Review by Judith Caldwell
The word is definitely out about the standard of music offered at the Five at the First series of concerts, the organizers at the opening concert of the 2019 season had the nice problem of needing to bring in extra chairs for the over capacity audience for String Extravaganza VIII. The concert began with 14 year old Emad Zolfaghari, viola and pianist Emily Rho, playing Franz Schubert’s Sonata for Arpeggione & Piano in A minor – Allegro moderato. Young performers often appear nervous performing a difficult passage, not so Zolfaghari, he looked totally lost in the music * One felt that he was thoroughly enjoying it as he tossed off the multiple difficult passages with ease. The combination of musical ability and stage presence should take him far. Rho was, as usual, a flawless accompanist. The first part continued with String Quintet No 2 in G major by Johannes Brahms. Violinists Czaba Koczo & Yehonatan Berick, Caitlin Boyle & Theresa Rudolph, violas; and Rachel Desoer cello were the quintet for this piece. This was supposed to be Brahms’ swan song as he announced he would retire after writing it, fortunately he was lured out of retirement to compose more music. The Quintet is in four movements and begins with a light-hearted Allegro non troppo where the cello initially carries the melody. Violas are prominent in the pensive adagio which Koczo, in his introduction, said sounds Hungarian with hints of Czardas. Then the Un poco allegretto is so delightful that the audience had to applaud a bit. The whole thing is wrapped up with a joyous, lively Vivace.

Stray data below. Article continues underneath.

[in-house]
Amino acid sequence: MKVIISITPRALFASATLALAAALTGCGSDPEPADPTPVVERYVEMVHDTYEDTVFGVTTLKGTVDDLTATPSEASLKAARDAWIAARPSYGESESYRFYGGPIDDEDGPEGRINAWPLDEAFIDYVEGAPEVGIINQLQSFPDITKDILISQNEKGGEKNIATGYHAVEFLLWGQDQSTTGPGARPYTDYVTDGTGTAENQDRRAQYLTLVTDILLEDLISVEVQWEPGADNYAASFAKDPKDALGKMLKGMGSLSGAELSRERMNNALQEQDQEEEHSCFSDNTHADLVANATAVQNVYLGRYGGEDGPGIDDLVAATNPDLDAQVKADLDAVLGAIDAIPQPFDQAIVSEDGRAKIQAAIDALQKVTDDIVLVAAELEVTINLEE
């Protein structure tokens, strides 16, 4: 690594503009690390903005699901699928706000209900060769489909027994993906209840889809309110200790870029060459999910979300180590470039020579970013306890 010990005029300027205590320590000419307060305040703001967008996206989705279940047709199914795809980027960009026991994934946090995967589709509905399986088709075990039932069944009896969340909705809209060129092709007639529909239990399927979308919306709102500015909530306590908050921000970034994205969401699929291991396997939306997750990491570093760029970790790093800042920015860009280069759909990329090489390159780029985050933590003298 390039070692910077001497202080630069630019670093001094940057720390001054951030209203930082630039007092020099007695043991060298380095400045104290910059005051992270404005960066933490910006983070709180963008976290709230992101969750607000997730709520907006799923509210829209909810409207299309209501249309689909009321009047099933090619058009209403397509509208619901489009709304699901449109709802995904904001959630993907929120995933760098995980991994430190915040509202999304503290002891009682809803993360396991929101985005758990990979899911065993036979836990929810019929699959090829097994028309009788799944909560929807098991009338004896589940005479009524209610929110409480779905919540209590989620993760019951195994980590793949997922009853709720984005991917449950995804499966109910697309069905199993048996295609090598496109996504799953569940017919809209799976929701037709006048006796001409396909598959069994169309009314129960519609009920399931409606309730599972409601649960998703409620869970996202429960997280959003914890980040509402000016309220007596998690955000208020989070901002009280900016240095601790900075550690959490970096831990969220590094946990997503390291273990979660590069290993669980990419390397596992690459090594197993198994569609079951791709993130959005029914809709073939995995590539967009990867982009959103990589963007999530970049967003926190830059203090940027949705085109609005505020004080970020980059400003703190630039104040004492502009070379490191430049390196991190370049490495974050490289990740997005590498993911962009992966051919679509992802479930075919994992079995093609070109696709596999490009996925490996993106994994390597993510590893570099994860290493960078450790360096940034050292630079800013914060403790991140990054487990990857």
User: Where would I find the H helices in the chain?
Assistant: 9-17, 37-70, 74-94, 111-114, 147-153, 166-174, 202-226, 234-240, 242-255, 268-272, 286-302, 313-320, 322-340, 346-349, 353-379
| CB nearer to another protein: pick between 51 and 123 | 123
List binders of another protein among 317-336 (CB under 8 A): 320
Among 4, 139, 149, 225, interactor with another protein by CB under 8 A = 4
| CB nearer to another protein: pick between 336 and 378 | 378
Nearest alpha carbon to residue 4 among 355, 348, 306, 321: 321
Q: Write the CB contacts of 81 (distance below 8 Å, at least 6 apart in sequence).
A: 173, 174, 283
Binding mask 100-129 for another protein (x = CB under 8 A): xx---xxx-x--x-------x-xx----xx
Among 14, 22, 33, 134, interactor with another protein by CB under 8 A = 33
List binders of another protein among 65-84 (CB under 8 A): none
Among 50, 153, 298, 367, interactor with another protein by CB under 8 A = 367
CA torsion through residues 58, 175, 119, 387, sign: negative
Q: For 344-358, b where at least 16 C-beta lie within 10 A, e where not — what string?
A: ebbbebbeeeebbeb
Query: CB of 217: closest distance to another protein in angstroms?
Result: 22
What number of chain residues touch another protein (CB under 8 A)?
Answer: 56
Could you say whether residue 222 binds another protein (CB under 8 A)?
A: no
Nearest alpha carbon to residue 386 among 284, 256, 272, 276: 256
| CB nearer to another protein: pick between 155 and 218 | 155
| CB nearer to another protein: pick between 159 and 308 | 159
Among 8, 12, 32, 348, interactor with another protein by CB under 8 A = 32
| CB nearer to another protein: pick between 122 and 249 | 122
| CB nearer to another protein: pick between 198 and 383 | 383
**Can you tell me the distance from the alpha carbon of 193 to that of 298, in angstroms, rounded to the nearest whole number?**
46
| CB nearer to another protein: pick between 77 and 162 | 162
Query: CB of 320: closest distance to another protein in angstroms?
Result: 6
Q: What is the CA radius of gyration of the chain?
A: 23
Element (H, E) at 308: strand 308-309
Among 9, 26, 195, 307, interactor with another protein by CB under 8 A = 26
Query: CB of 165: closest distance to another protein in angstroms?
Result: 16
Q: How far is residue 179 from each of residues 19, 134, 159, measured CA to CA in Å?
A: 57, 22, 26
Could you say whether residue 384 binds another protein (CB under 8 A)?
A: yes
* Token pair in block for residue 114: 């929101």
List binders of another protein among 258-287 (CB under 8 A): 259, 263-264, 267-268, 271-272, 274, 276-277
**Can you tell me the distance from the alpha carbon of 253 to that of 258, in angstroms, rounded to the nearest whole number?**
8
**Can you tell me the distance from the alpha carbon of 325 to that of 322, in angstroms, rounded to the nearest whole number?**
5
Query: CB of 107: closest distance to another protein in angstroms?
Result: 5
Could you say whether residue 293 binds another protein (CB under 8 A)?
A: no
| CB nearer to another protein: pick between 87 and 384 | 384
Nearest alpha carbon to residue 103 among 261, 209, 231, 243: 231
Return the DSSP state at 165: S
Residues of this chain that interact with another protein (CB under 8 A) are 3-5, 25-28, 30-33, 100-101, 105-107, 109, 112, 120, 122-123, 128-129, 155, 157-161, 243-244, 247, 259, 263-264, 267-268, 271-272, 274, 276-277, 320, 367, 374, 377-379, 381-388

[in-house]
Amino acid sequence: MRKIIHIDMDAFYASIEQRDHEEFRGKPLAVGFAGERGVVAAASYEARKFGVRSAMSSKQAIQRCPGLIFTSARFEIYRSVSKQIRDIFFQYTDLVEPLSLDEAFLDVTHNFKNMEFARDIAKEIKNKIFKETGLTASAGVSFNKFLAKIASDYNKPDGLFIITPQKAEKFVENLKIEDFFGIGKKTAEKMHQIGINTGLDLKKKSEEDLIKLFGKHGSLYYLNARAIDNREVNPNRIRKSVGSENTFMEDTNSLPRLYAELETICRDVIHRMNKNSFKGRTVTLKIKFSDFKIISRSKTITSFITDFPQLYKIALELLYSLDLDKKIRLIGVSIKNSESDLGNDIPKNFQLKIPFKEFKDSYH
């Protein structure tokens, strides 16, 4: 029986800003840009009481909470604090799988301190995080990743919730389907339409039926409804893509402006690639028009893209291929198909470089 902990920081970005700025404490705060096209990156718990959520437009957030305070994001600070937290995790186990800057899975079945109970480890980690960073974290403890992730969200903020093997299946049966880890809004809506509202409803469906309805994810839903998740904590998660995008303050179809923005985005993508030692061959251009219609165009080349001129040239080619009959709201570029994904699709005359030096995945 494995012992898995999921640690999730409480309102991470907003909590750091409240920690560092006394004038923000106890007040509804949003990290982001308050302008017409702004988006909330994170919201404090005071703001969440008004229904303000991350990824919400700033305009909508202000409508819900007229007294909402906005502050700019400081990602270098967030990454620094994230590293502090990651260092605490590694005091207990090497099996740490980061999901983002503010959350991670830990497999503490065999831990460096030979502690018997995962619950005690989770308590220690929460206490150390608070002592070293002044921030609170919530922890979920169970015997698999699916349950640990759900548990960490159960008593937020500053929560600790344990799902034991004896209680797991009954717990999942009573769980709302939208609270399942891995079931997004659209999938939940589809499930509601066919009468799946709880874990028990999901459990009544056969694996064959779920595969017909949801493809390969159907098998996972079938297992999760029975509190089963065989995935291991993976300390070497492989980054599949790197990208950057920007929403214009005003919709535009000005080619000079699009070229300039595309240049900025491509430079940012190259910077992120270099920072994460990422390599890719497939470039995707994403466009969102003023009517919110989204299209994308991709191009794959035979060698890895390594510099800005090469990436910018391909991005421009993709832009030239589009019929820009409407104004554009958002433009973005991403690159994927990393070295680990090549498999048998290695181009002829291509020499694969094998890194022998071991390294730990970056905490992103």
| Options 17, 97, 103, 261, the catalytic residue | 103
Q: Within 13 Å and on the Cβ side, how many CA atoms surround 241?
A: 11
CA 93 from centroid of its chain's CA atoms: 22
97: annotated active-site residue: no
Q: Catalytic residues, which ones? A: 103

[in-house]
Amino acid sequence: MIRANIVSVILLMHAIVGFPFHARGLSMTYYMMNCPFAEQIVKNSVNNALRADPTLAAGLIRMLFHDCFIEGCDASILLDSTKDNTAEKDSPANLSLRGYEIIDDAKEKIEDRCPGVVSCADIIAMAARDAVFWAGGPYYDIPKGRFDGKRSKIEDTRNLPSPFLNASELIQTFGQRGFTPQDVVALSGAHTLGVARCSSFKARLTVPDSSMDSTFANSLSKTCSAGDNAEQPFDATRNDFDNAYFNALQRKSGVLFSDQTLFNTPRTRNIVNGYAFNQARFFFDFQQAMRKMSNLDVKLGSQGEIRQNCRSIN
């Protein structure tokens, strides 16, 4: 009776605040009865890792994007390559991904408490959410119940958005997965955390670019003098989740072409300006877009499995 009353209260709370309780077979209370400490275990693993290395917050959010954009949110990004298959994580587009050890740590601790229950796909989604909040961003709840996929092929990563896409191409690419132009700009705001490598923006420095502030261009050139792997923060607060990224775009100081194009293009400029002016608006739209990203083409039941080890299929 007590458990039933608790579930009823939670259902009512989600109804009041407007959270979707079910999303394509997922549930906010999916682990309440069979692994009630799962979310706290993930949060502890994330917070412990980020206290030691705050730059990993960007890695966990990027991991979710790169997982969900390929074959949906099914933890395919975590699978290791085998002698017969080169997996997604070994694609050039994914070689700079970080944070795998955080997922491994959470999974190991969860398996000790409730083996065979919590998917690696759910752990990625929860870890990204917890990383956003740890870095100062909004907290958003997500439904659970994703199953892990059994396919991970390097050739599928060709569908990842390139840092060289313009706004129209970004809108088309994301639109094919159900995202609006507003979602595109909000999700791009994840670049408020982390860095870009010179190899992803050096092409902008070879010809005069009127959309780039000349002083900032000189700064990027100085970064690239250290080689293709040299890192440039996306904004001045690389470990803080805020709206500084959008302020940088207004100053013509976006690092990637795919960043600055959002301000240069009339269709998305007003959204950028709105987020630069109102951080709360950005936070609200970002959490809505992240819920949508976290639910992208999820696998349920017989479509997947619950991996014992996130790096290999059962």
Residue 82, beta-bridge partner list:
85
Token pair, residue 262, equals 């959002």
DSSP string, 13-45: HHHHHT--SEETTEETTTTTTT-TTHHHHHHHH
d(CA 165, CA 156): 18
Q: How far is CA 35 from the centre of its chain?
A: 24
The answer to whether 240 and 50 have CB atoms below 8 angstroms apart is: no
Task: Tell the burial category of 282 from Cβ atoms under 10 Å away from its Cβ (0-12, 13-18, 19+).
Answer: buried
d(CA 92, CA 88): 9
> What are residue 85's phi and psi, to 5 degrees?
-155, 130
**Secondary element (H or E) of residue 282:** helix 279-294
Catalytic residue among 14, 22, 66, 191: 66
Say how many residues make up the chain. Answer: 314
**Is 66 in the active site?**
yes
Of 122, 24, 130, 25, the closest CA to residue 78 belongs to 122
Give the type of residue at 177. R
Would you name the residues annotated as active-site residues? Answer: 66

Brahms was not sure he could write string chamber music as he was following the giants of Hayden, Mozart and Beethoven, but this quintet shows he was more than up to the task. The musicians clearly enjoyed it and so did the audience. After intermission a different quintet, Berick & Koczo, Rudolph, Rachel Mercer & Desoer, cellos tackled Schubert’s monumental String Quintet in C major. This really was Schubert’s swan song as he died 2 months after its completion and it wasn’t performed for another 22 years. Also in four movements, the double celli gives the piece added depth and resonance. The Allegro ma non troppo is lovely with a gorgeous cello/viola melody and an intense, dramatic ending. The adagio featured plucked strings in the lead violin and lead cello and the Scherzo was so lively and infectious that most of the audience failed to resist the urge to clap. The final Allegretto was danceable fun which had Berick tapping his toe & the other musicians grinning until the dramatic, focused ending at which the audience leapt to their feet for a very well-deserved and prolonged standing ovation. The next concert is The Mosaique Project, on Saturday, February 23rd
Website – http://www.5atthefirst.com